In any case, here is the one resolution from the Standing Commission on Communication and Information Technology.

A010: Dissolve the Standing Commission on Communication and Information Technology. Full text. Likely vote: YES.

Just as the title suggests, they propose their own decommissioning (get it?). I admire their assessment of the situation and their willingness to sunset their work. More church organizations should practice this discipline. I’ll vote yes on this. Plus, it’s likely this commission would have disappeared due to TREC proposals anyway.

If you see any of the members of this commission present or past, thank them for their good efforts.

NOTE: I will serve on the Evangelism & Communication legislative committee at #GC78, though that committee is not likely to consider this resolution, because it is a governance/structure issue.

Image courtesy of NASA.

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4 Responses

  1. seashellseller says:

    It is sad that this group of highly talented people got no support. They were offering their skills but had the door slammed. Anyway – agree with your vote.

  2. Donna Wessel Walker says:

    I think you are being too harsh on parishes that do not have an active website and/or social media presence. It is not true that they are “no work”: someone has to create them and, if the sites are to do anything at all, someone has to keep them lively by taking photos & loading them, writing pieces, putting up announcements and so on. It’s not no-effort and does require some skills. In a rural setting where many people do not have computers at home, where Internet access is flaky and slow, spending time & effort on a web presence may not be the most effective mode of evangelism. I know of a small parish that doesn’t have much of a website (it does have one, though) but does host 2 meals a week that feed as many people as are in the congregation.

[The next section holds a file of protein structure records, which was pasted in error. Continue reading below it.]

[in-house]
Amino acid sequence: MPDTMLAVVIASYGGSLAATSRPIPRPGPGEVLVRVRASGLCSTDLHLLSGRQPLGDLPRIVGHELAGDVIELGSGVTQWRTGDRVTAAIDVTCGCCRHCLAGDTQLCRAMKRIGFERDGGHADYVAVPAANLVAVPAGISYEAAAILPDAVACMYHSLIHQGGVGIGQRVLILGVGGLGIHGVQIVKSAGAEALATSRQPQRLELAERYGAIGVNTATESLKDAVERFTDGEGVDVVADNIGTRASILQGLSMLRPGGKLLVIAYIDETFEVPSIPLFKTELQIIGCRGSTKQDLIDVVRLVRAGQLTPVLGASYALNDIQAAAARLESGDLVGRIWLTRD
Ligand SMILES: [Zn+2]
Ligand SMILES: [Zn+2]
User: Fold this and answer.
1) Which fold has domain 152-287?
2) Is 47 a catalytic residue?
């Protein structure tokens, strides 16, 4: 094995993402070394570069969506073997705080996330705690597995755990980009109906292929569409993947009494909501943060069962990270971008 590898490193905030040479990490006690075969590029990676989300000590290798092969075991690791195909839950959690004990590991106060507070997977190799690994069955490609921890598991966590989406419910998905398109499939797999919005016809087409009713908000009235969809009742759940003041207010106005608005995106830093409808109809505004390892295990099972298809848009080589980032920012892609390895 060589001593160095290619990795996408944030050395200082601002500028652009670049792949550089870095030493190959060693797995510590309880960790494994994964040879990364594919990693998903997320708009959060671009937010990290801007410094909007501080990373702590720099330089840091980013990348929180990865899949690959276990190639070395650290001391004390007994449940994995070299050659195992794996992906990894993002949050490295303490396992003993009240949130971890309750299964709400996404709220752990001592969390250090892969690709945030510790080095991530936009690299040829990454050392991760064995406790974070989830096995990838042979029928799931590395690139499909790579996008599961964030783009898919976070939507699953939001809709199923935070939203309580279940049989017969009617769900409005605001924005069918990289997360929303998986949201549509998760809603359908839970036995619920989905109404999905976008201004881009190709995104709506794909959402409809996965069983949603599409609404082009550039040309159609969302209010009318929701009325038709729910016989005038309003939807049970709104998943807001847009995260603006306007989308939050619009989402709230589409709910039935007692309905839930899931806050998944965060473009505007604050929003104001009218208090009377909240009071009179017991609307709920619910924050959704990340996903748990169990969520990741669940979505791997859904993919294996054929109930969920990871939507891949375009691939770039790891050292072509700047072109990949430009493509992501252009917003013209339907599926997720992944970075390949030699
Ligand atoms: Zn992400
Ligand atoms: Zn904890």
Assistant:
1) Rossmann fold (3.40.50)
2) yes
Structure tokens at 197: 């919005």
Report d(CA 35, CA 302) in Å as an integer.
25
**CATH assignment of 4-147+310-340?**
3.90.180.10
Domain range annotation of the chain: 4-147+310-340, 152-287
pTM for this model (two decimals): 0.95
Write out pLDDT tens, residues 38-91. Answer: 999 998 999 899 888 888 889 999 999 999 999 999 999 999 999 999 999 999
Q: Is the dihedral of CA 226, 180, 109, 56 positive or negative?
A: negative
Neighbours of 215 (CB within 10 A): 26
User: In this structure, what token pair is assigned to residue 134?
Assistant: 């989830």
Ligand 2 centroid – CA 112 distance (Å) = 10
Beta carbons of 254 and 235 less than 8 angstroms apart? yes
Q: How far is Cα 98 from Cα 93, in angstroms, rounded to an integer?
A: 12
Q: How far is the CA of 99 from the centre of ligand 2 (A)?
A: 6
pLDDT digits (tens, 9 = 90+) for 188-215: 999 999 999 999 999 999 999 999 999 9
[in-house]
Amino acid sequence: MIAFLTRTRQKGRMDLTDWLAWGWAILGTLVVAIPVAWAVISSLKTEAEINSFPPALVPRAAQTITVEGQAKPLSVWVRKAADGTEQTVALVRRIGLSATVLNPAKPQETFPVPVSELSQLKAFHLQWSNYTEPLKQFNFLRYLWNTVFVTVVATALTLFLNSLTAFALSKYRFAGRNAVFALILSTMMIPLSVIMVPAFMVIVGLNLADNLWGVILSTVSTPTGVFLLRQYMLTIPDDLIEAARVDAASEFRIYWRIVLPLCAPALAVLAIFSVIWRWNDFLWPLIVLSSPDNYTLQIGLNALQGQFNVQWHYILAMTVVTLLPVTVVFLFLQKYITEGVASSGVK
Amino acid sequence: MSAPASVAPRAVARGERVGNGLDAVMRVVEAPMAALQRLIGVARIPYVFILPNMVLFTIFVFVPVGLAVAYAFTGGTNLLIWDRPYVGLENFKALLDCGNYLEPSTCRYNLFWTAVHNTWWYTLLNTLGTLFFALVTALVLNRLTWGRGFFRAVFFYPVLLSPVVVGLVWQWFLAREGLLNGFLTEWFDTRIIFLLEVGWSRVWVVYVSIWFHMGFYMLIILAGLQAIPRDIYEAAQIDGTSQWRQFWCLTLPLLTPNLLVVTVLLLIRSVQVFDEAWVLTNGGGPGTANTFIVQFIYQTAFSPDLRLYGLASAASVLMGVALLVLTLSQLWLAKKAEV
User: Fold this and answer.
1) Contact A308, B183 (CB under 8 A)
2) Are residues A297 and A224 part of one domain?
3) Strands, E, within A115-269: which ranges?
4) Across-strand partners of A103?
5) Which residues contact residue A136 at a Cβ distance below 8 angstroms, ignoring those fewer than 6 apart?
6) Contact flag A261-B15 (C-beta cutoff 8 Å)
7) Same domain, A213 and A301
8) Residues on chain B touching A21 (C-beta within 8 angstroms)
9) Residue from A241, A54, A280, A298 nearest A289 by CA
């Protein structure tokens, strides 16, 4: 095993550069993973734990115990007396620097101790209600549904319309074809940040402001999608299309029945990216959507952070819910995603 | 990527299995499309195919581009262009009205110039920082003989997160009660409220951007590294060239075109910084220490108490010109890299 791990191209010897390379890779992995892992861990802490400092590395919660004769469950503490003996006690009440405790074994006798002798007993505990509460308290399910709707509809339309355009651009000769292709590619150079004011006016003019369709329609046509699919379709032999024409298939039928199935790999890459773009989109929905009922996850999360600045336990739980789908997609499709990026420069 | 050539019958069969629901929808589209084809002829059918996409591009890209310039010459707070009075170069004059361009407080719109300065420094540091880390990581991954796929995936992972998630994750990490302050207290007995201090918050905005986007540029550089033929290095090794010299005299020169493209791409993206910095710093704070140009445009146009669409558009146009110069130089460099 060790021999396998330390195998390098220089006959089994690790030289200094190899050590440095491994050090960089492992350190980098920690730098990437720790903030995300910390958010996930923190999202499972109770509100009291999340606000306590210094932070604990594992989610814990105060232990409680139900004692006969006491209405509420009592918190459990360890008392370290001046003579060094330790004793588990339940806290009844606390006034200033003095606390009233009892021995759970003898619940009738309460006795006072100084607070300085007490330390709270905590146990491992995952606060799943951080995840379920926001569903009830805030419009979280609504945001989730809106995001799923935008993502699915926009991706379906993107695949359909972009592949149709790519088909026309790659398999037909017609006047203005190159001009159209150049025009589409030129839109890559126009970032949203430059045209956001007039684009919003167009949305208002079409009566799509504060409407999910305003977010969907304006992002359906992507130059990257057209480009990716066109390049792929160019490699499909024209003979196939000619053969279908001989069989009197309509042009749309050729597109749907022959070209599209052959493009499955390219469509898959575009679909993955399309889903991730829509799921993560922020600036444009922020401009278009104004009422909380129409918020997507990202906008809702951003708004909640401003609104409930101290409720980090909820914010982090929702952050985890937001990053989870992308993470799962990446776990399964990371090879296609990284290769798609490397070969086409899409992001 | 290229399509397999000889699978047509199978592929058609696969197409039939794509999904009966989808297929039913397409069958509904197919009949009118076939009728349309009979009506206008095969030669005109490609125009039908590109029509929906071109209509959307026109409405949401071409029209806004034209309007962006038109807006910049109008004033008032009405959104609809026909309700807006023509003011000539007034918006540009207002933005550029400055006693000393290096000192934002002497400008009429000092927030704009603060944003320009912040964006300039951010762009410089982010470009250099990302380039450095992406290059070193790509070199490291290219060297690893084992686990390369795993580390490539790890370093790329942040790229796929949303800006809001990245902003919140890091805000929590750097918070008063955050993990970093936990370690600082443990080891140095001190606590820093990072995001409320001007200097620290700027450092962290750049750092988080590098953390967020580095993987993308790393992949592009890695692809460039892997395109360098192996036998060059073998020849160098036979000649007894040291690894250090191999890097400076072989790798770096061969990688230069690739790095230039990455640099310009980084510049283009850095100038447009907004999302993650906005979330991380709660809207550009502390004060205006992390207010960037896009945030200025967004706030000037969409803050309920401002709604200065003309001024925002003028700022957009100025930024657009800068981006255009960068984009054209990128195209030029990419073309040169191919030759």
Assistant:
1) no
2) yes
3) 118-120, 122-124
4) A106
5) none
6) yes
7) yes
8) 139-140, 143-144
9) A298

3. There is a touch of irony in this report. They were the first Standing Commission, Committee, Task Force, whatever, to submit their report to the General Convention Office (and on time). Their task has been to foster communication and encourage the use of technology in the Church. And their recommendation? Let us go out of business, no one listens to us anyway. You have to admire their honesty. I will print out their names and watch for them in SLC to thank them personally. The Church could use more honesty.

  4. Anne Rudig says:

    As a member of the churchwide staff who worked with this commission over the past few years I want to commend their collaborative spirit and perseverance. Communication is still not seen as mission in many corners of the Church. It is seen as an optional administrative function. These good souls did their darndest to reverse that misperception. I salute each and every one.